And then, the full orchestra explodes into a blistering chorus of bombastic proportions. The horns and violins play a majestic lead melody on the minor scale, but which has enough chromatic notes to add a sinister touch. Meanwhile, the tubas and low strings lay down a section of long bass notes on (mostly) the minor pentatonic scale. We can also hear a horns section in the background following the same triplet rhythm as the violas and violins at the beginning of the verse. During its second half, the lead melody is further accompanied by lower horns, which play a series of dissonant notes that add tension to the harmony. The tension reaches its peak at the melody’s very last notes, when the violins play a melodic semitone between C and B, of which the latter also gets combined with a blisteringly high F# from the trumpets, creating a harmonic fifth between the two. The chorus then ends off with the low strings returning to their verse melody, while the violins play a dramatically descending triadic melody. The trumpets scream out with all their might eight violently dissonant high notes, after which the chorus ends with the sound of a gong. The whole thing is rhythmically lead by the percussive trio of snare, taiko and clicks, as well as added cymbals which hit their notes with determined abrasiveness.

Together, all these ingredients create a harmony, arrangement and performance that is equally as triumphant as vicious – a contrasting combination that perhaps most accurately reflects the heart of Satsuki’s character. As the typical anti-villain, Satsuki is a strong female warrior with a heroic and selfless goal, but whose oppressive methods of getting there are questionable. She is someone who lives by the ideology of the ends justifying the means, willing to use anything or anyone at her disposal in order to reach that end. At the same time, this also includes herself, as she’s shown to be extremely self-sacrificial throughout the series. This very nuanced quality of her character is perfectly reflected in the equal nuance of her theme, with its exciting mixture of triumph and aggression, grandiosity and intimidation.



How does this then compare to her mother? Instead of a nuanced anti-villain, Kill la Kill‘s main antagonist Ragyo Kiryuin is a purely evil villain in the most classic sense. While her ultimate motive arguably follows the same “greater good”-line as her daughter’s, she completely lacks any form of self-sacrificial willingness, instead reaching to become the world’s ruling queen among the Life Fibers. Her entire manner, personality and appearance is one that screams that of a pompous, egocentric and sinister diva. She is therefore given a theme that is an equally pompous pop anthem, filled to the brim with bombastic attitude. In contrast to all previously discussed songs, it embodies a typically conventional pop format, as noted through both its cyclical main chord progression, its fairly typical pop arrangement, and not least in how it’s compositionally centered around a lead vocalist.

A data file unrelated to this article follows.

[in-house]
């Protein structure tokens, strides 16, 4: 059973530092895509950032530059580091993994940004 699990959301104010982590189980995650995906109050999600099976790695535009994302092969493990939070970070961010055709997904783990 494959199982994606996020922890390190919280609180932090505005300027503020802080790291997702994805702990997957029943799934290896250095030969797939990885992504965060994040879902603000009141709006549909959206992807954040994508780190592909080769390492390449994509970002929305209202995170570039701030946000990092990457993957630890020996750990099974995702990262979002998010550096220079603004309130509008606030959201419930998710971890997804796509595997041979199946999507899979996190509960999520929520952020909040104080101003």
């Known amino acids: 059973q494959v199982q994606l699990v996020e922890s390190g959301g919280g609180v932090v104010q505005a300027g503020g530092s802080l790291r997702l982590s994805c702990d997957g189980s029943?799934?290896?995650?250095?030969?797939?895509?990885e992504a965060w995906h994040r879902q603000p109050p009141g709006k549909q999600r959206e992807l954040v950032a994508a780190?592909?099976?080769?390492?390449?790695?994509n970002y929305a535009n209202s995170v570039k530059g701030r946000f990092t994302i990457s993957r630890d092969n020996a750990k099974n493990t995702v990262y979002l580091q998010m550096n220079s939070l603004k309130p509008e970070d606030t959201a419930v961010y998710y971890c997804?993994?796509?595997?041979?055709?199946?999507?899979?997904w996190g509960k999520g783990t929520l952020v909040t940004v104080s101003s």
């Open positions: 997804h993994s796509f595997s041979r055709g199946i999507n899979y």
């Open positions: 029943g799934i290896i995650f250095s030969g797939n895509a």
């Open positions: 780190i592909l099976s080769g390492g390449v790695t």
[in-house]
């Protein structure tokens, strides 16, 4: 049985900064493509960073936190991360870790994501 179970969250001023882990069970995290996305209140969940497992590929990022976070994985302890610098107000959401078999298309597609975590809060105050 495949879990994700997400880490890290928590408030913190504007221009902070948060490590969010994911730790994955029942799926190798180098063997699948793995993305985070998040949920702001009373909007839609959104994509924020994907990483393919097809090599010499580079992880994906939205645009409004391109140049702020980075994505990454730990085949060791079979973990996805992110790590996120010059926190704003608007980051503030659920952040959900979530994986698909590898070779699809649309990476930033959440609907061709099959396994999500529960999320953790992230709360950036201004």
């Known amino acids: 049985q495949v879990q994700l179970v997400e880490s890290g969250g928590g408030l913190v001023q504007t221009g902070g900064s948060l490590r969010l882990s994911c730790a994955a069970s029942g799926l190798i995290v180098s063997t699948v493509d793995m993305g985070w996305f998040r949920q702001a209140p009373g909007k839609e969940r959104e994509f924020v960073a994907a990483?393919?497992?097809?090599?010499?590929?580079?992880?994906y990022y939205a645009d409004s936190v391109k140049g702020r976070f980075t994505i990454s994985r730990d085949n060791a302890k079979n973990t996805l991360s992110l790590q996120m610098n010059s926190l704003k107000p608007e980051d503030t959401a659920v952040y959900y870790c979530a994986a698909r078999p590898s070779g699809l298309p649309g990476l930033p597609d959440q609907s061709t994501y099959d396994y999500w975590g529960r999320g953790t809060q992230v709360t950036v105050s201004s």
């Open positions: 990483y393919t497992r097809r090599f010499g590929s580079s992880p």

The song starts with a chilling synth that subtly indicates Ragyo’s villainous character. Shortly thereafter, we get a punchy electronic drum kit on a two-four-beat and a distinct wobble-sounding synth bass, which together form an extremely pompous quality. The established tempo is notably slow yet fast enough to carry a steady rhythm, making it perfect for a catwalk or something of the like. In this intro, we also get introduced to the song’s main chord progression: i-VI-VII-VI – which, since the key is C minor, equates to Cm-Ab-Bb-Ab. With its stark interplay between tonic, submediant and subtonic, the progression creates an ascending yet tense harmony. The intro thus quickly establishes through its various elements the track’s both lavish and intimidating sound.

When we then proceed to the verse, we get introduced to the lead vocals. The singer at hand is artist Cyua, who has participated on a number of Sawano’s other works and carries the peculiar quality of singing in German. She enters into the verse with a light tone, performing a melody that subtly adds to the song’s intimidating character, especially at its two distinctly high Ab- and F-notes. At the subsequent buildup towards the pre-chorus, she switches to a more rhythmic melody, while getting accompanied by a percussively strumming guitar. As the buildup increases with an added bass line and percussion sequence, her light tone gets gradually replaced by a thicker and heavier one. This reaches its height on the pre-chorus, when she performs a powerful melody with her full voice alongside a mighty choir. It is worth noting more detailedly the variety in her technique during this section, as she hits the higher notes with a rounder timbre while the lower notes are sang with a wider and drier one. We thus get a quality from her voice that is at times more sombre while at other times more vicious. After a few bars of only percussions, the song then reaches a climax on its big chorus. The bass and drums return to their verse comp, while an acoustic guitar strums the chords. The large and powerful choir sings a low melody of robust bass alongside Cyua. Her aforementioned vocal variety is once again present, but with the wider and drier timbre being predominant due to the melody’s low register. The intimidating bombast is here at maximum, majestically conveying Ragyo’s pompous and vicious personality. With its slow tempo, large choir and synth instrumentations, it is like a doomsday anthem à la “O Fortuna” mixed with 80s diva pop.